Pike Place Market

Pike Place Market in Seattle opened in 1907 and is one of the oldest continuously operated farmers’ markets in the country. It’s the most popular tourist destination in the city.

Pike Place Market in Seattle, Washington

Pike Place Market

 

The Market

At the market, it’s possible to find not only fishmongers and fruit and vegetable stands, but also unique shops selling antiques, books, crafts, artwork, and much more. A lot of people go expecting to see fish tossed across stalls before being packed.

Fishmonger at Pike Place Market in Seattle, Washington

Fishmonger

Fresh fish at Pike Place Market in Seattle, Washington

Fresh fish

Fresh seafood at Pike Place Market in Seattle, Washington

Fresh seafood

You may or may not see fish flying through the air, but the colors of the fruits and vegetables are what caught my eye the most. There are also some food vendors that looked like they cooked up some delicious eats.

Colorful fruits and vegetables at Pike Place Market in Seattle, Washington

Colorful fruits and vegetables

Fruit and vegetable stand at Pike Place Market in Seattle, Washington

Fruit and vegetable stand

Fruit and vegetable stand at Pike Place Market in Seattle, Washington

Fruit and vegetable stand

Personally, I thought it was a major tourist trap. Pike Place Market wasn’t what I was expecting from a historic farmers’ market. Also, just about everything seemed way overpriced except for the flowers. One thing I did enjoy is the variety of restaurants across from the main market building.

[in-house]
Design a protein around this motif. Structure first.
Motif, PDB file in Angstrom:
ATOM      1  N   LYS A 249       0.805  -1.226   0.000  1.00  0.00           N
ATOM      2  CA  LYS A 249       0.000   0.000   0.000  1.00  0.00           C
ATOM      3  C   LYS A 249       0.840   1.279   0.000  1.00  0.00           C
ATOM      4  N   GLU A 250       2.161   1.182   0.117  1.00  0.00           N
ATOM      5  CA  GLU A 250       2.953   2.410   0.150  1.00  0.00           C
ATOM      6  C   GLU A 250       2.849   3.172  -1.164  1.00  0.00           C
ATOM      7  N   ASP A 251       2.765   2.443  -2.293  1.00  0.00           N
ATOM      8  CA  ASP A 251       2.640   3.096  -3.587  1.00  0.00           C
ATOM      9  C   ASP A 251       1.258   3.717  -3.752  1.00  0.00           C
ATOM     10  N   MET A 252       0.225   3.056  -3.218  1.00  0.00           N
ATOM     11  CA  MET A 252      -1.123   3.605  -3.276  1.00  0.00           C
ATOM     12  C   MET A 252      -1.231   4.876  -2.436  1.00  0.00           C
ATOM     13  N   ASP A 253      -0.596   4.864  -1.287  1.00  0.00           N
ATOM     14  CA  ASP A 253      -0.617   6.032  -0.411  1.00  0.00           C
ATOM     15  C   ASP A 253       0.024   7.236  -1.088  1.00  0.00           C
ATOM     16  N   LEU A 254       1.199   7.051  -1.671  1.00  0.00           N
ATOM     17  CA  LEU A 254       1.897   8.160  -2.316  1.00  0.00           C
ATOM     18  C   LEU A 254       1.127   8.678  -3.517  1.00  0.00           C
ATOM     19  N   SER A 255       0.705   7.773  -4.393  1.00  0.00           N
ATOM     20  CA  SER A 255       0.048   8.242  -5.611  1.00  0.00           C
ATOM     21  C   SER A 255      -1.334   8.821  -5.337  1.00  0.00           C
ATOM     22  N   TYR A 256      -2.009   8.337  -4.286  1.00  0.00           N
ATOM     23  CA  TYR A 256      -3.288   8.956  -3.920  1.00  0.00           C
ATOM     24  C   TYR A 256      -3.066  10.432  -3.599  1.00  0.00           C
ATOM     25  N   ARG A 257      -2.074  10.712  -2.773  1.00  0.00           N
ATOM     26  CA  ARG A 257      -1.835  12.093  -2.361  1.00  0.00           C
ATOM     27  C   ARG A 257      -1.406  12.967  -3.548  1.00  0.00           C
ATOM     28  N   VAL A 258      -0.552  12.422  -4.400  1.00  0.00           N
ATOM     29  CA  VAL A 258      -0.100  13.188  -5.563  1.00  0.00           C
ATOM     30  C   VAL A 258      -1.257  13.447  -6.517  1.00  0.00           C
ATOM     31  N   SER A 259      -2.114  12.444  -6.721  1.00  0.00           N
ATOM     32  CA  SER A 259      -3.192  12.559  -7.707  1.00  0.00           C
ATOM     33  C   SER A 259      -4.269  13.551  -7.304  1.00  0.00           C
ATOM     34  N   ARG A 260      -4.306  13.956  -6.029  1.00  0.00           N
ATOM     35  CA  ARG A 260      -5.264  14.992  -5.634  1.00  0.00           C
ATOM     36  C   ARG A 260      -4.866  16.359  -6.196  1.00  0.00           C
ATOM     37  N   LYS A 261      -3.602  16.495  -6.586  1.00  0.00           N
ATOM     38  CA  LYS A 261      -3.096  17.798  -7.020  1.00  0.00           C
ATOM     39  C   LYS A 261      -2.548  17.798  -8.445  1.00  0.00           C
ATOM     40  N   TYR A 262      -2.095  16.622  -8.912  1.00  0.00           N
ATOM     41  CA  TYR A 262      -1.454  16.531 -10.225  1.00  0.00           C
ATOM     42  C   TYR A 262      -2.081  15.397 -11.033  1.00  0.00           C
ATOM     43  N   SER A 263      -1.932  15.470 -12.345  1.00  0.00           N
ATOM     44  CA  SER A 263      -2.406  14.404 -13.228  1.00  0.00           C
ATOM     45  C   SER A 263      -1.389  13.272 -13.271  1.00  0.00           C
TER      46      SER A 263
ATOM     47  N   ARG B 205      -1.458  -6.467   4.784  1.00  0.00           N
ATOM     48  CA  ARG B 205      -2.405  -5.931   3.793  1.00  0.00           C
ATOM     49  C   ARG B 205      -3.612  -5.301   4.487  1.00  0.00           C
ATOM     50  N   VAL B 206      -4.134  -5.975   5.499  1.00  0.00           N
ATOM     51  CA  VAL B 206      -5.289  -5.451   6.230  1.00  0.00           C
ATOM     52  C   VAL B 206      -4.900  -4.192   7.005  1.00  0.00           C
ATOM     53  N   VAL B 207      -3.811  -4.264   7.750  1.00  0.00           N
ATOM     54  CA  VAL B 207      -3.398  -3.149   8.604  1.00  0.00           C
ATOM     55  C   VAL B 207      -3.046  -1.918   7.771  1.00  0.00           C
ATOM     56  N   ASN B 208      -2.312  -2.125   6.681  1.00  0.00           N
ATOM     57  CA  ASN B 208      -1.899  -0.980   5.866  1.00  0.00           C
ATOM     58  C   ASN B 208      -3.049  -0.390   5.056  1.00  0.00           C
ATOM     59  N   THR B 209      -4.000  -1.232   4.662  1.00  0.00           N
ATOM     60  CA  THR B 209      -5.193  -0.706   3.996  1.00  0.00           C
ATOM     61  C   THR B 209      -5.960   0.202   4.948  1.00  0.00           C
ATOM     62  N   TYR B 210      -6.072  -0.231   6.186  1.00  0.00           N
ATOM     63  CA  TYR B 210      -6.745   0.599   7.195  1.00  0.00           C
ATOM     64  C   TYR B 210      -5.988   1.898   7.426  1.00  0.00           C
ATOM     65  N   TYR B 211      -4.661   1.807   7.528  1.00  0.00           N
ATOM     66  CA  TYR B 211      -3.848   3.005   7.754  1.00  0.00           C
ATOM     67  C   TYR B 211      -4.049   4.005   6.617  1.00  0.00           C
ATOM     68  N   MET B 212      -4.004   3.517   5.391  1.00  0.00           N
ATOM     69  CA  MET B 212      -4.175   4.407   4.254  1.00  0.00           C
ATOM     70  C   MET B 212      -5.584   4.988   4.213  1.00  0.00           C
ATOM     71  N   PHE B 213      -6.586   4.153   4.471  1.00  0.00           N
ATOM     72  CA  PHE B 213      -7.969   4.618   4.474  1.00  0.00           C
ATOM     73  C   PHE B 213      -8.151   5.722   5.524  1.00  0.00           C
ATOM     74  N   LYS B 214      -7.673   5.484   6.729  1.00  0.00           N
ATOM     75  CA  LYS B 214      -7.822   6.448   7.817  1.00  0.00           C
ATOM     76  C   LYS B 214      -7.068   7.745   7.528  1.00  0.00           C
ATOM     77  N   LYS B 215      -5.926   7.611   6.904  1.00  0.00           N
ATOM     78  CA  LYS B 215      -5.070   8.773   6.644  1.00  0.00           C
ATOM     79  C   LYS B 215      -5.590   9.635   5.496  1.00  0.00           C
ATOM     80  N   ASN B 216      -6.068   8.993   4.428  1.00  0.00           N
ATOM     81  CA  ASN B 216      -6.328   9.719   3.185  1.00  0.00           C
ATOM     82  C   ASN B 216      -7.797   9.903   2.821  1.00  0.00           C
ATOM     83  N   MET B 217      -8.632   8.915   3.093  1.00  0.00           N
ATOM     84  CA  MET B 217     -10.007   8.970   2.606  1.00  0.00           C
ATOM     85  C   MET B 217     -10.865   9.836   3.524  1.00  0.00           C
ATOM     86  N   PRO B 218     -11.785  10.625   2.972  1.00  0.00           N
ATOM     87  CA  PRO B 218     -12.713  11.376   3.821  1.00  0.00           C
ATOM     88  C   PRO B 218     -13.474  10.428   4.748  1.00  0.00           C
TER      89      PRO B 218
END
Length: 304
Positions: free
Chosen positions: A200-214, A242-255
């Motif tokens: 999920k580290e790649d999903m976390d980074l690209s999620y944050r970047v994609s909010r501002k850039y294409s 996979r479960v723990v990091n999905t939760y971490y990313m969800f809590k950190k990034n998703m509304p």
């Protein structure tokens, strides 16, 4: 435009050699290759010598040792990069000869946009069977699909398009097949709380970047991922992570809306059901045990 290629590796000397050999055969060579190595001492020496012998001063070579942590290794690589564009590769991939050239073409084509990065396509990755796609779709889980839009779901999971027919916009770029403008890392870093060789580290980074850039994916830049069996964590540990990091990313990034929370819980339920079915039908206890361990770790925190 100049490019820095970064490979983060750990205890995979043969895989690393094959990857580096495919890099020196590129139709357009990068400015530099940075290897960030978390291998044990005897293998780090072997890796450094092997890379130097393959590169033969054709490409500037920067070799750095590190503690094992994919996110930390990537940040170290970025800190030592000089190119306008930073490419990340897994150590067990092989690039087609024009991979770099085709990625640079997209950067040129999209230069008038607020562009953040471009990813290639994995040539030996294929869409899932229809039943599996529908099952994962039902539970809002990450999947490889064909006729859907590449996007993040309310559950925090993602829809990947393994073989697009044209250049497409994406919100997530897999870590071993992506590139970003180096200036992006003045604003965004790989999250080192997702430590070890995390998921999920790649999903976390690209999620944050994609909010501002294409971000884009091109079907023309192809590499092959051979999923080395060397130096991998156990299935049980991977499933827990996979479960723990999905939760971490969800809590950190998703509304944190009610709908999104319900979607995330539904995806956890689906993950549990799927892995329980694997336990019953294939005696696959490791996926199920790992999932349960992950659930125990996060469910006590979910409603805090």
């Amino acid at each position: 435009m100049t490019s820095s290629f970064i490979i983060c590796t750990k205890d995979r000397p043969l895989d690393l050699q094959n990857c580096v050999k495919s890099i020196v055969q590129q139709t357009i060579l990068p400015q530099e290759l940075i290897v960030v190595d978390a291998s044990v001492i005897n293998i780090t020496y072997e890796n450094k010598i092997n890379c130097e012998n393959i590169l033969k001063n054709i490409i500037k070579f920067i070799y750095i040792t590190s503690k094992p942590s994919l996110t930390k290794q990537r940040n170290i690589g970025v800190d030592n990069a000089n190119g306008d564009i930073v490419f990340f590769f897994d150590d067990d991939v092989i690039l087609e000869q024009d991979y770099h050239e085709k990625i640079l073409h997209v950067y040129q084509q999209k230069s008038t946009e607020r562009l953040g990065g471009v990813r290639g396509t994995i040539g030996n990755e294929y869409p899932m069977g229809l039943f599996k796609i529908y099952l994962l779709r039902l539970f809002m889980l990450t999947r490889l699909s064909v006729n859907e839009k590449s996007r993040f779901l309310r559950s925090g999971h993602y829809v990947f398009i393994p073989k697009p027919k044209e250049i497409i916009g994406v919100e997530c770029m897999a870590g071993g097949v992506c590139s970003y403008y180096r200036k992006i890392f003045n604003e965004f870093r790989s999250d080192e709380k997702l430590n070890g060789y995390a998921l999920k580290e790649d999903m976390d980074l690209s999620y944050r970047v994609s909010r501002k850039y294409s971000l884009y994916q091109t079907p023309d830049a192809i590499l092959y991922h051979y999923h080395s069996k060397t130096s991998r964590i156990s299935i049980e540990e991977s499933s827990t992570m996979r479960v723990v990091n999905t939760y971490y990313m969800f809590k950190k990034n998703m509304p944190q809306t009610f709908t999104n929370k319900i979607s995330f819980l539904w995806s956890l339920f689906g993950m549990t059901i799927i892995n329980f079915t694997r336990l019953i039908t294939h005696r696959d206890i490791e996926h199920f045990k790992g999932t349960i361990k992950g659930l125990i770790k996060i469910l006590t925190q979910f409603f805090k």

Pike Place Market in Seattle, Washington

Pike Place Market

 

Starbucks

One place you might want to visit is the Starbucks mother store, located across from the main market building. It has been there since 1976. The line was halfway down the block otherwise I would’ve popped in for a pumpkin spice latte.

Original Starbucks in Seattle, Washington

Original Starbucks

Original Starbucks in Seattle, Washington

Original Starbucks

 

Victor Steinbrueck Park

North of the market is Victor Steinbrueck Park, named after the architect who played a major part in preserving Pike Place Market and Pioneer Square. The land was purchased by the city in 1968 and sits on the former site of an armory. A totem pole designed by Steinbrueck sits in the park.

Victor Steinbrueck Park at Pike Place Market in Seattle, Washington

Victor Steinbrueck Park

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